Sushi

March 2, 2011 Juju Kurihara Japan, Vocabulary Tags: 0 Comments

Sushi is now worldwise known Japanese food, yet it's not so commonly known Sushi has just a general name and there are many kinds of Sushi in Japan. 

Sushi is written in Japanese as 寿司 but this is actually a substitute character and is also written as 鮨 or 鮓. The first character 鮨 means vinegared rice or fish and the latter 鮓 means fermented fish or rice, both came from the original style of Sushi. Sushi was a preserved food which dates back to the 4B.C in the Southeast Asia. It was around the 8th century when the idea of Sushi was introduced to Japan and it changed its style a little, which people started eating half raw fish with the rice.

Here are the types of Sushi.

Nigiri-zushi

In the early 19th century it was invented in Edo as a fast food. Since all the fish used for this sushi came from the Tokyo Bay, it was called Edo-mae-zushi (Sushi from the sea in front of Edo) and still is called that way. 

nigiri

Gunkan-maki

Some ingredients such as sea urchin or salmon roe are difficult to make Nigiri and Gunkan-maki is invented for those. Gunkan means warship in Japanese. With Nori (seaweeds) around it, it does look a ship.

gunkan

Temaki-zushi

This is a typical home party style sushi that you can make your own sushi. Temaki means wrap with the hand in Japanese and as it says you pick your favorite ingredients and wrap with Nori. You can also order in Suhi restaurant.

temaki

Futomaki-zushi

One of the types of Maki. Futomaki menas fat roll in Japanes and as you can see, there are many ingredients inside a roll. Often they make patterns as they layout the ingredients and when it's cut it appears like the photo. These are called "Kazari-zushi" (decorated sushi).

futomaki

Chuumaki-zushi

The difference from Futomaki is Chuumaki has only a few ingredients including some seafoods. Chuu means medium size in Japanese and with the recent healthy boom, salad roll can be seen often.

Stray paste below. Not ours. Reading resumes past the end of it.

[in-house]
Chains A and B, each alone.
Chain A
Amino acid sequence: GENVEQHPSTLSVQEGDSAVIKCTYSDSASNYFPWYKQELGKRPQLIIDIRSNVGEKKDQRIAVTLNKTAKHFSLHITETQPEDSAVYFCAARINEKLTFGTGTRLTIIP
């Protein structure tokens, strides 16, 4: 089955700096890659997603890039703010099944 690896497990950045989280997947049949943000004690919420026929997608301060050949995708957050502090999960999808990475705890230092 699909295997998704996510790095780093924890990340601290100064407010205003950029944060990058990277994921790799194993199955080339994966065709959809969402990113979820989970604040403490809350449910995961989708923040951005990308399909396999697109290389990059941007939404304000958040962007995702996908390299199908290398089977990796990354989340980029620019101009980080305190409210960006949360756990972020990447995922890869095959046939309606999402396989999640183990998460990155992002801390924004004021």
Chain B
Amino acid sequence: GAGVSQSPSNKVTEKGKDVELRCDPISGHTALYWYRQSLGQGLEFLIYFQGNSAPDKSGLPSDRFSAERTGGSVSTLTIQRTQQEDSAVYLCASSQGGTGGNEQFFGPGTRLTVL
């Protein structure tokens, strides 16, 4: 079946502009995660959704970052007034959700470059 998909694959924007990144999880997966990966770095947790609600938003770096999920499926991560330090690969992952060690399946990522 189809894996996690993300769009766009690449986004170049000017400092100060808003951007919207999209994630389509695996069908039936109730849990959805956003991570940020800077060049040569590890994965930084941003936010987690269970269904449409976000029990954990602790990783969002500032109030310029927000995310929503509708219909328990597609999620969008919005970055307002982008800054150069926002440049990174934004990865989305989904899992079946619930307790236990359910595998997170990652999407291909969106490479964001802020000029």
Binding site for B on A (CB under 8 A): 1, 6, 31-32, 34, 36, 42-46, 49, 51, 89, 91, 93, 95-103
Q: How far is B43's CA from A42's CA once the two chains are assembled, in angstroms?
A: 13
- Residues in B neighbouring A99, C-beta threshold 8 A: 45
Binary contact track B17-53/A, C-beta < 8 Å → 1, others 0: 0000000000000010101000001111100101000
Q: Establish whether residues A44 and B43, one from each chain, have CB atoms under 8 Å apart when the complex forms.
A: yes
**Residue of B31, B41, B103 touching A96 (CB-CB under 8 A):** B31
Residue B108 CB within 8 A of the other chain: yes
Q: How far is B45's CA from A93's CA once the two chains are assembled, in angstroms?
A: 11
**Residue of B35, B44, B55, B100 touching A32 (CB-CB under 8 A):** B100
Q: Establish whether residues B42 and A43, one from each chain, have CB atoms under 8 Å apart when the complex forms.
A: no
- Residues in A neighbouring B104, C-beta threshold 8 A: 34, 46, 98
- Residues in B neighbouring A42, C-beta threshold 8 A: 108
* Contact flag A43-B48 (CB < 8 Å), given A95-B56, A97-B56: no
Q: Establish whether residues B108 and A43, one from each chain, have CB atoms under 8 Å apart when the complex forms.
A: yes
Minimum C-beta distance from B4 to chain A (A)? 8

chumaki

Hosomaki-zushi

This is the standard maki served in Sushi restaurant in Japan. Usually it has only one ingredients such as cucumber (Kappa-maki), Negitoro (minced tuna and leak) or Natto-maki (fermented soybeans).

hosomaki

Kaisen-Don

This is not really a type of Sushi but is commonly seen in the restaurant. Kaisen means fresh seafood and Don is a bowl in Japanese.

chirashi, kaisen

Chirashi-zushi

This is the most common Sushi which is made at both Sushi restaurants and home. The ingredients put over the vinegared rice is various, shiitake mushroom, fine cut eggs, shrimps, salmon roe etc.. Chirashi is often made for the celebration.

chirashi

Oshizushi

Instead of making a shushi one by one, this Sushi is made in a box like a cake. Oshizushi means pressured Sushi and as you see in the photo below, put the rice and fish in this wooden mold and press it until the ingredients gets stuck together. This is also called Battera, originally made in Kansai area in Japan (western part of Japan) and mackerel and kelp are usually used  but recently there is one with salmon which is made in Hokkaido (the most noth island in Japan).   

oshizushi

oshizushi box

Saba-zushi

The method is the same as Battera and the difference is Sabazushi is wrapped in bamboo leaves instead of putting in a wooden box. Saba is mackerel in Japanese. 

sabazushi

sabazushi wrapped

Masu-zushi

A type of Oshi-zushi, made in a box made of bamboo and wrapped in the bamboo leaves. Masu is trout in Japanese and this Masu-zushi is a specila product of Toyama prefecture in Japan.

masuzushi

Inari-zushi

This is another Sushi which is made at home quite often. The rice is wrapped in a deep-fried bean curd, slightly sweet taste. Sometimes the rice is mixed with other ingredients like the photo.

inari

So now, which Sushi you feel like eating for lunch?

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